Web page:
Friday, November 28, 2014

Happy Generic Holiday Greetings To All

For a day that's supposed to represent peace and love, Christmas sure makes a lot of people angry. The only thing we get angrier about is the presidential elections. At least that only happens every four years.

We just finished Thanksgiving, the kickoff to the season of religious and consumer rages. It started with your racist uncle saying he didn't understand the big deal about Ferguson, and it won't end until the family New Year's Eve party, when someone gets stabby with a swizzle stick.

By the time Thanksgiving rolls around next year, this year's anger fest will be a hazy memory and a promise from your family that "this time, things will be different." Nothing has changed or been different with your family for the last 20 years, so why break tradition?

One of the reasons people get so emotional about Christmas is because they feel it's being threatened. Sixty years ago, when most celebrated Christmas, we put Christmas decorations up in the schools, opened school board meetings with prayers, said "Merry Christmas" to anyone and everyone, secure in the knowledge that they too celebrated Christmas, just like everyone else.

Then, people who didn't celebrate Christmas for religious, cultural, or personal reasons found they had a voice. They pointed out they were left out of the holiday season.

The Jews celebrate Hanukkah, the Muslims celebrate Ramadan, the Hindus celebrate Diwali, and the atheists don't observe a religious-based holiday. And these other groups wanted to celebrate their own holidays on their own terms, and use their own words for well-wishes.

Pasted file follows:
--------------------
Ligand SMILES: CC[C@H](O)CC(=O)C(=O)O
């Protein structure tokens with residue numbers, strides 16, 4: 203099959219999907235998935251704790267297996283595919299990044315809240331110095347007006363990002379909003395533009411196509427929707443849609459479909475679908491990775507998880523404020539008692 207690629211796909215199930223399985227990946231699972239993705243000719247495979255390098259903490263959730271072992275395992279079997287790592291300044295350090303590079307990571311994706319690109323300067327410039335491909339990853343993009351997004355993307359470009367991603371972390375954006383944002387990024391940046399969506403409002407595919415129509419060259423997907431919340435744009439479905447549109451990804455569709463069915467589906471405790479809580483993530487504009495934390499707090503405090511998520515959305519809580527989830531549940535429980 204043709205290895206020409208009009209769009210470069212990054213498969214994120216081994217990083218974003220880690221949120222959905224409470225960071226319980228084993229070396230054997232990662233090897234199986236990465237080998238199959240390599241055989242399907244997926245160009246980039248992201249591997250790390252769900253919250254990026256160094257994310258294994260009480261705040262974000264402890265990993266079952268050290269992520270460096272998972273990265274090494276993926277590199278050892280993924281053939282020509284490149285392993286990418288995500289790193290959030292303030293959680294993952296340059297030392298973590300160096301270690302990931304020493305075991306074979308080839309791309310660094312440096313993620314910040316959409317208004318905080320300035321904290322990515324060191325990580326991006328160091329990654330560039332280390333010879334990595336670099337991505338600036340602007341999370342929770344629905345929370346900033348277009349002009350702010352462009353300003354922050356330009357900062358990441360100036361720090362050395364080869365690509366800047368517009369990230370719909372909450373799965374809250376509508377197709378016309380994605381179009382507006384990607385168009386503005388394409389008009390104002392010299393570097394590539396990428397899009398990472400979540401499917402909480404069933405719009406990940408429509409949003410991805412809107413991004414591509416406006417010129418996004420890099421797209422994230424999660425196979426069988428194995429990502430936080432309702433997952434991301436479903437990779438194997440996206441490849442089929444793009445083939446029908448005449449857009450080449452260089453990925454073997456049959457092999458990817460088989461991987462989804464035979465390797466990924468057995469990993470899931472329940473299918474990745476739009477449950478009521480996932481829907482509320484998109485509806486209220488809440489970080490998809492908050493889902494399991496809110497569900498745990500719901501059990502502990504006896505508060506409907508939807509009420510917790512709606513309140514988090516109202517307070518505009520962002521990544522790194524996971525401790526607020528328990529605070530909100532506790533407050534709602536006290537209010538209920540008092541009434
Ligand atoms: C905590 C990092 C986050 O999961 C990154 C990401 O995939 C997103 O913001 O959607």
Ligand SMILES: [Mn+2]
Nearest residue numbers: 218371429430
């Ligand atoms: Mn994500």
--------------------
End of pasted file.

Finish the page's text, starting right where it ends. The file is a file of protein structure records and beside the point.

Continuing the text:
This prompted people to do one of three things: cry "political correctness" and refuse to recognize anyone else's holiday (or feelings); remove all references of Christmas and Christianity so as not to offend anyone, but end up offending everyone; or, let everyone do their own thing.

None of these seem to make anyone happy. Three things happened in the news this week that bear this out.

First, an elementary school in Belmont, Mass., a suburb of Boston, was going to cancel their annual trip to see the Christmas ballet, The Nutcracker, because there was a Christmas tree on stage. The PTA worried this would indoctrinate the non-Christian children in the audience.

Even though the school had sent second graders to the show for decades, this year, some parents complained that The Nutcracker had religious content. So rather than allow parents to choose to send their children or not, the PTA cancelled the trip.

Without telling anyone.

However, word spread, and there were more people who were upset by the secret cancellation than by the tree itself, so the trip is back on.

Presumably, the children whose brains will be ruined by a religious symbol will stay home, where they won't be exposed to new ideas or a broader world view until they're much older.

Second, in Marshfield, Mass., Marshfield High School has residents up in arms because they edited the school calendar: they changed the name of the winter break from "Christmas Vacation" to "Holiday Break."

They're leaving the name "Christmas" on December 25, but have changed the name of the 12-day break to better represent the diversity of their community.

The school committee had changed it to "Christmas Break" in 2007, and received a number of complaints afterward, so they decided to change it back to "Holiday break" in August.

Many people were upset by the change, so one woman launched a petition to see the calendar restored. She's collected more than 4,000 signatures of people who are threatened by a name on a piece of paper. But the committee held fast and upheld the change in a 3–2 vote.

If they're truly upset, will the 4,000 people will stand by their principles and send their children to school on those days, refusing to accept a "holiday" break?

F'inally, Washington state, in an attempt to appease everyone, has passed a new law that mandates two unpaid days off for religious observances for people of all faiths.